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Chiefs vs. Seahawks: 5 Key Plays That May Have Cost Seattle the Game

Phil CaldwellCorrespondent IIINovember 29, 2010

Chiefs vs. Seahawks: 5 Key Plays That May Have Cost Seattle the Game

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    Otto Greule Jr/Getty Images

    The morning after the big hyped-up NFL game at Qwest Field yesterday between “division-leading” Kansas City Chiefs and the semi-hapless Seattle Seahawks, Costco reported a surge in Prozac sales by the case.

    Seahawk fans were snapping up available supplies, not for Christmas presents, but to ease their own withered egos and bitter agony, despondent over the humiliating loss to their former division rivals.

    Meanwhile, newspaper columnists and pundits breaking down the game had little to say other than the team just isn’t all that good.

    Most fans and team officials alike are scratching their heads this morning, pondering how a professional football team can look so bad a week after looking pretty good.

    Befuddlement and fan squealing could be heard on talk radio stations across the state with suicide teams put on special alert.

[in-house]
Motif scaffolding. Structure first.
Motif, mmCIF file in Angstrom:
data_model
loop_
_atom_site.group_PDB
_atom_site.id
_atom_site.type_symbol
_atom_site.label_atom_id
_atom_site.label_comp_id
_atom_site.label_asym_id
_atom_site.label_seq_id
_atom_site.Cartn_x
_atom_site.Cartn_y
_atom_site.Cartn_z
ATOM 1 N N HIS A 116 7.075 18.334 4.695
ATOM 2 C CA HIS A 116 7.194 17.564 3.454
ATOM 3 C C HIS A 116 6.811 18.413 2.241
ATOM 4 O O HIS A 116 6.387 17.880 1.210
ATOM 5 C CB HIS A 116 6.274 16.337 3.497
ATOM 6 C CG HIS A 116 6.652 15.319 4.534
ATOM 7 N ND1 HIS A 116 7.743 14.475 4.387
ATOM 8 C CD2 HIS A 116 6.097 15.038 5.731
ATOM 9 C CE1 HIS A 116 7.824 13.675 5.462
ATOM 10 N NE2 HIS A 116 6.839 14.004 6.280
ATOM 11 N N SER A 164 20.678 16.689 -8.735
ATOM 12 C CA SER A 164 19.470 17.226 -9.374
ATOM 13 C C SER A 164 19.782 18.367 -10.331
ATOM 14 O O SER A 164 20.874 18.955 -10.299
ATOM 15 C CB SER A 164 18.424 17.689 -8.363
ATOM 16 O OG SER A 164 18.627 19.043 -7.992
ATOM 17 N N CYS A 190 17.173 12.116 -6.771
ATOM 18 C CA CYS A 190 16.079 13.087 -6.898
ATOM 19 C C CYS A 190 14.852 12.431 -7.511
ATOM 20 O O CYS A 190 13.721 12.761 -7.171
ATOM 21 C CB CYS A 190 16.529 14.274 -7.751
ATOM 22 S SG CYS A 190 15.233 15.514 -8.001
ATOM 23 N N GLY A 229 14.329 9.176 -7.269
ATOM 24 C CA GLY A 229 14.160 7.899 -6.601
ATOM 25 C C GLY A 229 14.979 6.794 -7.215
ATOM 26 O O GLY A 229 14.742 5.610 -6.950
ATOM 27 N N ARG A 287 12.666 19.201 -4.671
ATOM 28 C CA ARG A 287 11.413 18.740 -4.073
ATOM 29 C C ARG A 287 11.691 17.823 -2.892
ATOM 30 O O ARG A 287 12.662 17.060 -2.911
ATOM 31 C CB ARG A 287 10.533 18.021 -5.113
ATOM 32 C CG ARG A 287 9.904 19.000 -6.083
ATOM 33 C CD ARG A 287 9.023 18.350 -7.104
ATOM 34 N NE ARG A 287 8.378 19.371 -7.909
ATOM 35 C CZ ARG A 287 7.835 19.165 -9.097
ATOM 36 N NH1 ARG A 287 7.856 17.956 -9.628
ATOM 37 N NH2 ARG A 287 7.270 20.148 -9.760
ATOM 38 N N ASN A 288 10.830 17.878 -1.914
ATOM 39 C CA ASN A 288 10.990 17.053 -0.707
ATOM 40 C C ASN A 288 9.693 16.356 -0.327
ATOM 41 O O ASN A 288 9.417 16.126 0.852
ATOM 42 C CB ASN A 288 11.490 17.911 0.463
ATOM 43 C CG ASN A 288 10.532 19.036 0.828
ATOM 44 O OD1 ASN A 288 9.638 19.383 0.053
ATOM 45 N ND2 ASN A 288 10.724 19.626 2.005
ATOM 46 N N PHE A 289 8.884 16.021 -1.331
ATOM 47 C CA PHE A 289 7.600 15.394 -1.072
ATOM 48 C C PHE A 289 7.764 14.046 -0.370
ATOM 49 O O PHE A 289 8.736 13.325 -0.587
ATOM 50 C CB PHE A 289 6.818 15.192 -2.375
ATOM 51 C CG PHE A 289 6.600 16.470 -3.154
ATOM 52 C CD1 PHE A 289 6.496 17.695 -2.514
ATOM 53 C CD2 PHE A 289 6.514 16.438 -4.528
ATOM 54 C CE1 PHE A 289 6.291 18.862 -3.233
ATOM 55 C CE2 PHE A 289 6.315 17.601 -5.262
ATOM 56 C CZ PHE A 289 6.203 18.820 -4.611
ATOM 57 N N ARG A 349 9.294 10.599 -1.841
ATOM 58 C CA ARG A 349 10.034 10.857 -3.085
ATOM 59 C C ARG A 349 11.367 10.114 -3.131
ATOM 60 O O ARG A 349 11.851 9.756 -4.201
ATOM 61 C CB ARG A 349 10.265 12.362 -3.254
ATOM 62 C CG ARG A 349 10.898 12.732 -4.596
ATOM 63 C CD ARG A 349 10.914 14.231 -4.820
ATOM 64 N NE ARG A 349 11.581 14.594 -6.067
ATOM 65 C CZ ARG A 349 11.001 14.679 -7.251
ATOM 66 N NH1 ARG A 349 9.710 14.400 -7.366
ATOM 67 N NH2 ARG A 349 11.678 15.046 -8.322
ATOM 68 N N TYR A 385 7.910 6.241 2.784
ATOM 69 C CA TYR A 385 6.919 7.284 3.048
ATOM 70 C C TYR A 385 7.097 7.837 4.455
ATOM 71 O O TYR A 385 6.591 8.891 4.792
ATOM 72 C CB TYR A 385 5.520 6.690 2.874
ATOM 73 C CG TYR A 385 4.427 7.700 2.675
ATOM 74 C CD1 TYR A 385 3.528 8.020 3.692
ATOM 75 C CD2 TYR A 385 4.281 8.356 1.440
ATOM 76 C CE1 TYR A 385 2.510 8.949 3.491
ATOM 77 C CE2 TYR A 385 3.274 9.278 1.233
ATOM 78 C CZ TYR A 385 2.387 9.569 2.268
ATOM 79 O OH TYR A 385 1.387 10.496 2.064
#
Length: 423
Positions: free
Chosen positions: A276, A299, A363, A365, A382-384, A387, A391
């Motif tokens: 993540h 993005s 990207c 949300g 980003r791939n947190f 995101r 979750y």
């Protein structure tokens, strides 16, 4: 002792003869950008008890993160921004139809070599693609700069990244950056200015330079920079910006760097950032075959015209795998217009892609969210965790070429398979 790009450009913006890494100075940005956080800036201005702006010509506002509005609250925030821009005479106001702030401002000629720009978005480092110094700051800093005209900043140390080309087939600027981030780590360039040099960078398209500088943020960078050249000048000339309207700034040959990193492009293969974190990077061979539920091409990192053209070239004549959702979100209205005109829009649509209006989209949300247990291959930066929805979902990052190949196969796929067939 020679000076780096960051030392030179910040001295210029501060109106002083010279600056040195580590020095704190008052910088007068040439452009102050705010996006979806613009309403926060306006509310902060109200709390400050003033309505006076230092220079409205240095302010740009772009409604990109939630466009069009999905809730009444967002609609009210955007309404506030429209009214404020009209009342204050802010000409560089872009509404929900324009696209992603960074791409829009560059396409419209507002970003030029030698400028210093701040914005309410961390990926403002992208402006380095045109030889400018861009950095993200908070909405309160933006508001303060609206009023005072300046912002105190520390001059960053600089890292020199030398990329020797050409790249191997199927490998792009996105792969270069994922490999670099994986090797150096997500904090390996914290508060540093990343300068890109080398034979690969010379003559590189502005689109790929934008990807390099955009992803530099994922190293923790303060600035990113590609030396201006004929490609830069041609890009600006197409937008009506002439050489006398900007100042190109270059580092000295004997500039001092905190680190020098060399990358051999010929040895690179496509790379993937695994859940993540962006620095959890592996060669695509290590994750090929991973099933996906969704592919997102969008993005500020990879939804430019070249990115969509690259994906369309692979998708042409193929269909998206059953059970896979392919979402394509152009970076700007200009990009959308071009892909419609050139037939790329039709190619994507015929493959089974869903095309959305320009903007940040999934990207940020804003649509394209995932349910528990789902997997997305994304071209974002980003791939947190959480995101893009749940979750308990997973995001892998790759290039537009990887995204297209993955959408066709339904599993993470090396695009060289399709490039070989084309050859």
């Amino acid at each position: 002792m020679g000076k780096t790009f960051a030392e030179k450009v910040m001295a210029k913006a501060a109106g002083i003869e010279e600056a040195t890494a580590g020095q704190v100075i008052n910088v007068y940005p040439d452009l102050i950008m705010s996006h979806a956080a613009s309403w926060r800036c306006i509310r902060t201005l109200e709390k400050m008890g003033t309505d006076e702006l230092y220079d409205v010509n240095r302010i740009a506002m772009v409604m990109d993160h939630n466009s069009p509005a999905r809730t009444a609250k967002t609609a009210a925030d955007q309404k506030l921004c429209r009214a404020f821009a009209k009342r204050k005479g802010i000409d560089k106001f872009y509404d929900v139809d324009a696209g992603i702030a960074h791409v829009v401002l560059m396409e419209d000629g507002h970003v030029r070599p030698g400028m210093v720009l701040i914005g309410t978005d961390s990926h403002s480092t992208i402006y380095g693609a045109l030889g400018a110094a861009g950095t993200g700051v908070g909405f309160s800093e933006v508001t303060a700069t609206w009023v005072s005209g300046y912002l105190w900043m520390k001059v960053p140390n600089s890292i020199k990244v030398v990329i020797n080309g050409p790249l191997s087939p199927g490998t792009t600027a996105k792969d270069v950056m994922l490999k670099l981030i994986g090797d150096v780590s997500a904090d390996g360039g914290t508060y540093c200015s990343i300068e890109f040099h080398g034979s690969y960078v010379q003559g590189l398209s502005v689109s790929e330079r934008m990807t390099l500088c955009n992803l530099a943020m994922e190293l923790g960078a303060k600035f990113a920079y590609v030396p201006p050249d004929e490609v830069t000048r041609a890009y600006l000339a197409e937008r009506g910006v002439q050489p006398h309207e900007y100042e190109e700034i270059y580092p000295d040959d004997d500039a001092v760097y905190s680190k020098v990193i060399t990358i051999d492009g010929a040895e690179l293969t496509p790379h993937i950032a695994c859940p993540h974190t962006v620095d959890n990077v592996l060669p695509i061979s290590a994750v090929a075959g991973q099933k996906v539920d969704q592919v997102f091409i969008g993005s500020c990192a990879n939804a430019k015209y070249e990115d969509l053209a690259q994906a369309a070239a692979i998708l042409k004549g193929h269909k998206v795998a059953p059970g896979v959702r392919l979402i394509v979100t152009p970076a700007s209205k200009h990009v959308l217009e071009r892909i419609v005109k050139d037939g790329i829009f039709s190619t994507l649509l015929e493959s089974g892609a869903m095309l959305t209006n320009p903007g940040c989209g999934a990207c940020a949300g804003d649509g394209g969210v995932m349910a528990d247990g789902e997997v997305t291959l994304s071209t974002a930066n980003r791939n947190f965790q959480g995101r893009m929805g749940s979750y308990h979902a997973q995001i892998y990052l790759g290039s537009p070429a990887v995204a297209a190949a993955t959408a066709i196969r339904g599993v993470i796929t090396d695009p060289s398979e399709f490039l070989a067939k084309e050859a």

Of Seattle’s five victories, three have come from within the division. Two others were against decent teams, second place AFC West (6-5) San Diego and first place NFC North (8-3) Chicago.

    Recent losses have suggested this team is a bit schizophrenic, if not a bit moody. Some days they play like Super Bowl contenders, while other days they play like the Middlethorpe Floundering Eagles of eight-man junior high football.

    Of their most recent losses, one was against the second place NFC East (7-4) NY Giants 41-7, who the next week lost to last place Dallas 33-20. Second place NFC South (8-3) New Orleans beat the Seahawks 36-18, and then came yesterday’s loss to AFC West division-leading (7-4) Kansas City. And who can forget the putrid loss early in the season to the now last place NFC West (3-8) Denver Broncos 31-14?